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After years of strong growth, the orthopedic implant market has hit a few bumps in the road

June 9th, 2014

In 2012, knee orthopedic devices, which account for the largest share by revenue of the total orthopedic devices market, were subject to product recalls due to implant loosening, corrosion, wear and manufacturing errors, factors that were expected to have a major impact on total market revenue and reduce the growth rate for knee implants, according to a market report published by Transparency Market Research earlier this year.

 However, the industry’s growth model appears to be changing. In a post on the Medical Device and Diagnostic Industry Web site, Senior Editor Arundhati Parmar noted growing pressure to reduce implant prices from private and governmental health care insurance providers is eliminating the incentive for implant makers to introduce “knockoff” products that do not offer any major technical advances, and future sales growth will need to be driven by “truly differentiated” products and services. In the meantime, implant manufacturers have reacted to price pressure by trying to increase their economies of scale through mergers and acquisitions, the MDDI post noted.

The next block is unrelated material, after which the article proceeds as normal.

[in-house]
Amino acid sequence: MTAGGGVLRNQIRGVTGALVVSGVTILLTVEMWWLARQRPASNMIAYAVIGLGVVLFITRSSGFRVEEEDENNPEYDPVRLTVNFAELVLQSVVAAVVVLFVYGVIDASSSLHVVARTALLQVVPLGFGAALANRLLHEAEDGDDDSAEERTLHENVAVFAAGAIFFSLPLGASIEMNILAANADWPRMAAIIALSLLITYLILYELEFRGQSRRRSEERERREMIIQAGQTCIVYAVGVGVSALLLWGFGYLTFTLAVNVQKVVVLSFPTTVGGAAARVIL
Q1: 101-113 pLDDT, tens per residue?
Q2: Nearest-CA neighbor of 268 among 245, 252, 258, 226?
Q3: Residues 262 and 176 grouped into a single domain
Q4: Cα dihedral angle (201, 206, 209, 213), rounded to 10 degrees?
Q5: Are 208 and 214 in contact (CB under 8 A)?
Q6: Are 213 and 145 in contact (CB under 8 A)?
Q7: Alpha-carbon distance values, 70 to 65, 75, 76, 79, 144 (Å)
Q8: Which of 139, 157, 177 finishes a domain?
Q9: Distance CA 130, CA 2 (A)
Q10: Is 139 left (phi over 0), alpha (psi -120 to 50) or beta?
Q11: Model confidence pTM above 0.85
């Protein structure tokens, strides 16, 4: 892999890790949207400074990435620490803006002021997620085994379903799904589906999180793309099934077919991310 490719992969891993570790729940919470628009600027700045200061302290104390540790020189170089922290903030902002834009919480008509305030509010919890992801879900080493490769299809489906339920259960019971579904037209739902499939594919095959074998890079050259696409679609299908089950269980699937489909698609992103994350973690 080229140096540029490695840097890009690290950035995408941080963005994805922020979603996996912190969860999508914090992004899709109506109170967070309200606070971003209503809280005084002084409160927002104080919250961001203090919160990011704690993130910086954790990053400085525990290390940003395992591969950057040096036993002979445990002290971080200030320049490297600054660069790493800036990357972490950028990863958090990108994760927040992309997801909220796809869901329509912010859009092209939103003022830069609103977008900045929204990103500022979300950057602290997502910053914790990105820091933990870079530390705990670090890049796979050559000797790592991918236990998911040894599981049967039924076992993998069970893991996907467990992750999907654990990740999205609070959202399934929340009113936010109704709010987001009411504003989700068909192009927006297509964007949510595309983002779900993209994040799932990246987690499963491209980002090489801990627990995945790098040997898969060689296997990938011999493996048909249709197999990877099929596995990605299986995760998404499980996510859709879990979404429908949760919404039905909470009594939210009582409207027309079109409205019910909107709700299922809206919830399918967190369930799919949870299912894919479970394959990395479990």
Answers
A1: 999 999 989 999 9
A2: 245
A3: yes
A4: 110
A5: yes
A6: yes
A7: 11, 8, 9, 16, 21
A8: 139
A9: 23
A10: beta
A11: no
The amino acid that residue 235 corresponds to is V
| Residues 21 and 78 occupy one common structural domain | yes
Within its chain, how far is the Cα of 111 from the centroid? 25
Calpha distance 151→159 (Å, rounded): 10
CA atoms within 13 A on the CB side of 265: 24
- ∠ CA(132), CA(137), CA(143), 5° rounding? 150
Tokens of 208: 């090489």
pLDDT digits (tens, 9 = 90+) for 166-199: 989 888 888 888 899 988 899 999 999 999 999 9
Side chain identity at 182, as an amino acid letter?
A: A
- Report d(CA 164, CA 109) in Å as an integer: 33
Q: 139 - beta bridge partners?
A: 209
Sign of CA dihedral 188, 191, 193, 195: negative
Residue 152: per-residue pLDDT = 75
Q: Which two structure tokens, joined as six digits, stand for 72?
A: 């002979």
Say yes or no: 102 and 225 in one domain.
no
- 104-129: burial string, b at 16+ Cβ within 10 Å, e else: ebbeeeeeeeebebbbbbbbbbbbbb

Total hip and knee joint replacements, the traditional powerhouses of orthopedic growth, have matured. Room still exists for advancements in such products, but for the most part their foundational breakthroughs have already occurred. On the other hand, the tightly interrelated sectors of spinal implants and biologics (treatments of implants to promote bone growth) have yet to achieve high levels of patient satisfaction or physician interest. One or two big innovations in these areas could send these markets soaring the way knee and hip implants did 15 years ago.

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